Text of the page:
We have recently described a new animal model of arthritis induced by intradermal injection of a distinct type of collagen found in cartilage (type II collagen). Since immunologic sensitivity to collagen could play a role in the pathogenesis of this type II collagen-induced arthritis in rats, the ability of purified types of native collagens to induce cellular and humoral responses was quantified by antigeninduced tritiated thymidine incorporation into lymphocytes by collagen and passive hemagglutination, respectively. Rats injected intradermally with native heterologous or homologous type II collagens in adjuvant developed type-specific cellular as well as humoral reactivity. Types I and III collagens were less immunogenic than was type II. The latter collagen induced brisk cellular and humoral responses that were equivalent whether complete Freund's adjuvant or incomplete Freund's adjuvant were employed. Both responses could be induced by native type II collagens modified by limited pepsin digestion, indicating that they are not attributable to determinants in the telopeptide regions of the molecule. Thus, these studies demonstrate the unique immunogenic as well as arthritogenic properties of the type II collagen molecule and indicate that both result from a helical conformation of its structurally distinct α-chains. Further, they suggest that type II collagen may, by humoral or cellular mechanisms, provoke or perpetuate inflammation in other arthritic diseases.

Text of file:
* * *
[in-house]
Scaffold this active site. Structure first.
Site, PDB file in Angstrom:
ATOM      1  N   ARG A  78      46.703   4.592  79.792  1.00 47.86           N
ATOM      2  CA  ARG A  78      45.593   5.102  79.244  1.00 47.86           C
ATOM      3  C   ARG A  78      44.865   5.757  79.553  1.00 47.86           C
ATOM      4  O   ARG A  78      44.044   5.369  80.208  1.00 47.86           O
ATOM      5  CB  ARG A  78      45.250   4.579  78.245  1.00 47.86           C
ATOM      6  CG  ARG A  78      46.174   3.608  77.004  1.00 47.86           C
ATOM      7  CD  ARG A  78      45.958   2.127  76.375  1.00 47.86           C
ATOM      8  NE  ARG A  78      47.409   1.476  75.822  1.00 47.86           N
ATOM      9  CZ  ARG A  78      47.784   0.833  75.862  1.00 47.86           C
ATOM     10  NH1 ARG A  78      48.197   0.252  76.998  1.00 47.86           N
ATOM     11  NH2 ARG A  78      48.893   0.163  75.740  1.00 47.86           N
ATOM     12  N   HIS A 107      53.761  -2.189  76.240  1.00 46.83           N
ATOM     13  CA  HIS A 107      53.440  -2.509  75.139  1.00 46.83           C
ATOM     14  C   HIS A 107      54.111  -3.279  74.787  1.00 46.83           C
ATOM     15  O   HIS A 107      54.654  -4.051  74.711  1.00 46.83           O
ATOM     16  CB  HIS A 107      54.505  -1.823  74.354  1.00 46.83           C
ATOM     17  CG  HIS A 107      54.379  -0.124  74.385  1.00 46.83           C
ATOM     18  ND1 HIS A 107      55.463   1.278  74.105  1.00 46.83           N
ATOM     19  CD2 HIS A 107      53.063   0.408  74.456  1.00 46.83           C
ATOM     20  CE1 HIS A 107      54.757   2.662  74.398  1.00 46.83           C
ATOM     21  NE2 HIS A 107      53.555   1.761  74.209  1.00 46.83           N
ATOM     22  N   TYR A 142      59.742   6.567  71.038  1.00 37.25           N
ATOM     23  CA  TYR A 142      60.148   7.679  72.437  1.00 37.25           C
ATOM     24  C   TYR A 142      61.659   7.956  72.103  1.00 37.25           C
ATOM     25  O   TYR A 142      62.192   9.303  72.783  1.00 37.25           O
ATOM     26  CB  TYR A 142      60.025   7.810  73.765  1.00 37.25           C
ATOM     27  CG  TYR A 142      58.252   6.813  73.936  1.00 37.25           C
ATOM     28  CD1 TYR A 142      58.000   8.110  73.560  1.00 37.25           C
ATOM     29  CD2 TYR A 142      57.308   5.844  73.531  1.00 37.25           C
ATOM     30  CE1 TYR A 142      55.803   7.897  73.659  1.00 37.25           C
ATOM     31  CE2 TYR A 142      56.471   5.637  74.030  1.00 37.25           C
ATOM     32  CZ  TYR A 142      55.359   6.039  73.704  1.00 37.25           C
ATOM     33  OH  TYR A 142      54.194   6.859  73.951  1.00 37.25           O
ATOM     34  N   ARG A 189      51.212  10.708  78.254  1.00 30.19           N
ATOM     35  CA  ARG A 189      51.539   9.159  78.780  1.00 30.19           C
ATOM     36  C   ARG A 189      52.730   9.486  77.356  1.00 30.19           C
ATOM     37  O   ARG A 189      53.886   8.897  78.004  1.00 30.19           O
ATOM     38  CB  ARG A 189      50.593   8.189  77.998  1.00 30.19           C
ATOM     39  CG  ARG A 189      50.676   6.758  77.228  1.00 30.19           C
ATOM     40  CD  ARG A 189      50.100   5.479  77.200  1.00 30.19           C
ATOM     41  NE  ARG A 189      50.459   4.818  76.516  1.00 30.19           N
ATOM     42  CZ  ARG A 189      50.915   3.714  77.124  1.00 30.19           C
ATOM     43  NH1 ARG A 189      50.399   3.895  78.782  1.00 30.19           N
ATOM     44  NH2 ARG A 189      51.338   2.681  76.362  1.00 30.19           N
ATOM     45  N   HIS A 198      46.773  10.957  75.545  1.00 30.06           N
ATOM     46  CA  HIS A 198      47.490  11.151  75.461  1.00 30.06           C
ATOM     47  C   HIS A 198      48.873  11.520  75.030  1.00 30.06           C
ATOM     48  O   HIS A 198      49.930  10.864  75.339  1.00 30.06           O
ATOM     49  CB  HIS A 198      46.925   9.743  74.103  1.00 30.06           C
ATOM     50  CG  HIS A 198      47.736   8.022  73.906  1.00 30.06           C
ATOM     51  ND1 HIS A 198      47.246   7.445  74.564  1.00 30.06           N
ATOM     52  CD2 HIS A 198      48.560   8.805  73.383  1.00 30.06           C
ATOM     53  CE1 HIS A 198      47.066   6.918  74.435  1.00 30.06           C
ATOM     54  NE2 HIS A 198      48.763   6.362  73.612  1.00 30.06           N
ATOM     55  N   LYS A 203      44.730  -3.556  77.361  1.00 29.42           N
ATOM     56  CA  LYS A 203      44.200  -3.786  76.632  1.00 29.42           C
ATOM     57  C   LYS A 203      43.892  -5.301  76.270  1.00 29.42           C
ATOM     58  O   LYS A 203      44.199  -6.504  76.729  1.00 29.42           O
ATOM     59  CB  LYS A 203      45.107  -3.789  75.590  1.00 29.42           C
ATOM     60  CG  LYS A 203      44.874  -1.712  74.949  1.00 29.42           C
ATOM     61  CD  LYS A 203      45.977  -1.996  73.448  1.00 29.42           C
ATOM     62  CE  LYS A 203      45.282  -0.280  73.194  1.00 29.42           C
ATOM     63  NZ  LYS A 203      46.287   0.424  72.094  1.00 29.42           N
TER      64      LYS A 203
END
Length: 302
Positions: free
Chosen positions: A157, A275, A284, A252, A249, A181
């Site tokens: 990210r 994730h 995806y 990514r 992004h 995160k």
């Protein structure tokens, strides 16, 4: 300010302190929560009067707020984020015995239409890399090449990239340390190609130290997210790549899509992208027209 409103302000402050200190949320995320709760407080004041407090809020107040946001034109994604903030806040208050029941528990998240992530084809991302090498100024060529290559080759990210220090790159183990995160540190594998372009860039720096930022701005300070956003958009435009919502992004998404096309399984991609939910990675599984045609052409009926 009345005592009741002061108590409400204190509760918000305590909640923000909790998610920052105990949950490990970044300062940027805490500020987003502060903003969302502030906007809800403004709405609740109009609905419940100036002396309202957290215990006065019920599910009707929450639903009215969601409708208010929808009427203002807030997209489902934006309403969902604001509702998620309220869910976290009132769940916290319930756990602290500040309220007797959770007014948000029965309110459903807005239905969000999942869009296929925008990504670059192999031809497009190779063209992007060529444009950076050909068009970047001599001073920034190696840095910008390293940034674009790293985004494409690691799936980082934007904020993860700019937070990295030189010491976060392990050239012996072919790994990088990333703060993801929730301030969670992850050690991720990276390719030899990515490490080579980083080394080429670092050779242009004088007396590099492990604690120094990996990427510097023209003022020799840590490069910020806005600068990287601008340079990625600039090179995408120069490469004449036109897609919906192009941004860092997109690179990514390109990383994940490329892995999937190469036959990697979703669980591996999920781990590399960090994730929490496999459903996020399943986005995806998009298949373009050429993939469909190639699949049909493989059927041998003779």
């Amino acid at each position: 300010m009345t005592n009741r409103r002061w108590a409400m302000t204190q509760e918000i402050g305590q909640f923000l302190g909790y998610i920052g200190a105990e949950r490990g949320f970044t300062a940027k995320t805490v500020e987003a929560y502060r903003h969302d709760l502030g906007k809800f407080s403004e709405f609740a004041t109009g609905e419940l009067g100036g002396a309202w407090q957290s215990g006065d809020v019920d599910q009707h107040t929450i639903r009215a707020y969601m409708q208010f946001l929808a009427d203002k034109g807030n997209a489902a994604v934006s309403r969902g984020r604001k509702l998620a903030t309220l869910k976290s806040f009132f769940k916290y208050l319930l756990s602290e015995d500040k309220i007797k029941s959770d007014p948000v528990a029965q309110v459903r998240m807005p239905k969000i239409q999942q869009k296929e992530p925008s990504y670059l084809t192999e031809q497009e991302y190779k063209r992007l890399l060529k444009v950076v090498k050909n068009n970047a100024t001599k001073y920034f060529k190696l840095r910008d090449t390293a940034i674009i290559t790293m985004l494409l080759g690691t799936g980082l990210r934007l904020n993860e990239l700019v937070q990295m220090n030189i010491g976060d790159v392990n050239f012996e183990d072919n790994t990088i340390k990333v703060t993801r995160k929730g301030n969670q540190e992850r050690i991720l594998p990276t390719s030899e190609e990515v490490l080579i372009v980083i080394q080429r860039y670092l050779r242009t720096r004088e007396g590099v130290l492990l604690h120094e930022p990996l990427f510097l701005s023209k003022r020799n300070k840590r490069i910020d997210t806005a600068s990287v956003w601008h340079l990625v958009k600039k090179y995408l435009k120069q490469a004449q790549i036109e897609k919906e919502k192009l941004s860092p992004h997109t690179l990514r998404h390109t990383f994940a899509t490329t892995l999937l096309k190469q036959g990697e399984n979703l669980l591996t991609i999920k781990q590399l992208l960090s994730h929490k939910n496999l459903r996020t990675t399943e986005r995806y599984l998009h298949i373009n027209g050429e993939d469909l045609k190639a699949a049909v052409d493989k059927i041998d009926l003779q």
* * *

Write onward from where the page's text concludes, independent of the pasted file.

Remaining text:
David E. Trentham, Alexander S. Townes, Andrew H. Kang, John R. David